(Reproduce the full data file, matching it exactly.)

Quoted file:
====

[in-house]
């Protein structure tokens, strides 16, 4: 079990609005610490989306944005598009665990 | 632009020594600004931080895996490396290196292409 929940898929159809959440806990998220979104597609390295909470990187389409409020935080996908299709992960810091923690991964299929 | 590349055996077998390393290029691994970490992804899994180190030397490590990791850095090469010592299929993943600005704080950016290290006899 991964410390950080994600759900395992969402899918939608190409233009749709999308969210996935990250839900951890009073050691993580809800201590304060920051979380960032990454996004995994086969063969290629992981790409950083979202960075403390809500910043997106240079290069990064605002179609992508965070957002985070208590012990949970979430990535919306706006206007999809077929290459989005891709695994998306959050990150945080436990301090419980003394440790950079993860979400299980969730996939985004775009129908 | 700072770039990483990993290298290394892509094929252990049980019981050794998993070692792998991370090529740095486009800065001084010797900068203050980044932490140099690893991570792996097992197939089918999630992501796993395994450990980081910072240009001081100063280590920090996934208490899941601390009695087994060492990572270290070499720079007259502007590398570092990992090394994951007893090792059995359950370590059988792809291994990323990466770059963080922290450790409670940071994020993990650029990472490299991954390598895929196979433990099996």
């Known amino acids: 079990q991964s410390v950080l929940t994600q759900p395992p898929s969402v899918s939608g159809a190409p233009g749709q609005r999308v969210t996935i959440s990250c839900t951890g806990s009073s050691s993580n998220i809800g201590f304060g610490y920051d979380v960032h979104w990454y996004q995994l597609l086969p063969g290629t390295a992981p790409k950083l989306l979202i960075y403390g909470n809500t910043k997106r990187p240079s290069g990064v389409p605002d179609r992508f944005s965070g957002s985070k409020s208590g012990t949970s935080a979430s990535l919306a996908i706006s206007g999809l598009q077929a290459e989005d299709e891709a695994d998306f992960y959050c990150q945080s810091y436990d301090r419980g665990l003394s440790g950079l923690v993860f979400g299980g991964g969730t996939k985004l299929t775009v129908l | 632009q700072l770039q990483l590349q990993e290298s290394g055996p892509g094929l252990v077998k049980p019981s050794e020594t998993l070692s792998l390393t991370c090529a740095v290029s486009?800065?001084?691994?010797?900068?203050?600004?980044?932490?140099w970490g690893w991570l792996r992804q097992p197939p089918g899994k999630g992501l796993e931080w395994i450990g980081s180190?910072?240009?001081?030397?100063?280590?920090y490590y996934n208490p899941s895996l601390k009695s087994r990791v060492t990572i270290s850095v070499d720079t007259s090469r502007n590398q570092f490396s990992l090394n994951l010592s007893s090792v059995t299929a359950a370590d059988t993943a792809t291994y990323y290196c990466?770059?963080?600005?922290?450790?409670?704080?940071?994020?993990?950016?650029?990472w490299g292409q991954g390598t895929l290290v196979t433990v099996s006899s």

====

[in-house]
């Protein structure tokens, strides 16, 4: 079990609005610490989306944005598009665990 | 632009020594600004931080895996490396290196292409 929940898929159809959440806990998220979104597609390295909470990187389409409020935080996908299709992960810091923690991964299929 | 590349055996077998390393290029691994970490992804899994180190030397490590990791850095090469010592299929993943600005704080950016290290006899 991964410390950080994600759900395992969402899918939608190409233009749709999308969210996935990250839900951890009073050691993580809800201590304060920051979380960032990454996004995994086969063969290629992981790409950083979202960075403390809500910043997106240079290069990064605002179609992508965070957002985070208590012990949970979430990535919306706006206007999809077929290459989005891709695994998306959050990150945080436990301090419980003394440790950079993860979400299980969730996939985004775009129908 | 700072770039990483990993290298290394892509094929252990049980019981050794998993070692792998991370090529740095486009800065001084010797900068203050980044932490140099690893991570792996097992197939089918999630992501796993395994450990980081910072240009001081100063280590920090996934208490899941601390009695087994060492990572270290070499720079007259502007590398570092990992090394994951007893090792059995359950370590059988792809291994990323990466770059963080922290450790409670940071994020993990650029990472490299991954390598895929196979433990099996």
């Known amino acids: 079990q991964s410390v950080l929940t994600q759900p395992p898929s969402v899918s939608g159809a190409p233009g749709q609005r999308v969210t996935i959440s990250c839900t951890g806990s009073s050691s993580n998220i809800g201590f304060g610490y920051d979380v960032h979104w990454y996004q995994l597609l086969p063969g290629t390295a992981p790409k950083l989306l979202i960075y403390g909470n809500t910043k997106r990187p240079s290069g990064v389409p605002d179609r992508f944005s965070g957002s985070k409020s208590g012990t949970s935080a979430s990535l919306a996908i706006s206007g999809l598009q077929a290459e989005d299709e891709a695994d998306f992960y959050c990150q945080s810091y436990d301090r419980g665990l003394s440790g950079l923690v993860f979400g299980g991964g969730t996939k985004l299929t775009v129908l | 632009q700072l770039q990483l590349q990993e290298s290394g055996p892509g094929l252990v077998k049980p019981s050794e020594t998993l070692s792998l390393t991370c090529a740095v290029s486009?800065?001084?691994?010797?900068?203050?600004?980044?932490?140099w970490g690893w991570l792996r992804q097992p197939p089918g899994k999630g992501l796993e931080w395994i450990g980081s180190?910072?240009?001081?030397?100063?280590?920090y490590y996934n208490p899941s895996l601390k009695s087994r990791v060492t990572i270290s850095v070499d720079t007259s090469r502007n590398q570092f490396s990992l090394n994951l010592s007893s090792v059995t299929a359950a370590d059988t993943a792809t291994y990323y290196c990466?770059?963080?600005?922290?450790?409670?704080?940071?994020?993990?950016?650029?990472w490299g292409q991954g390598t895929l290290v196979t433990v099996s006899s």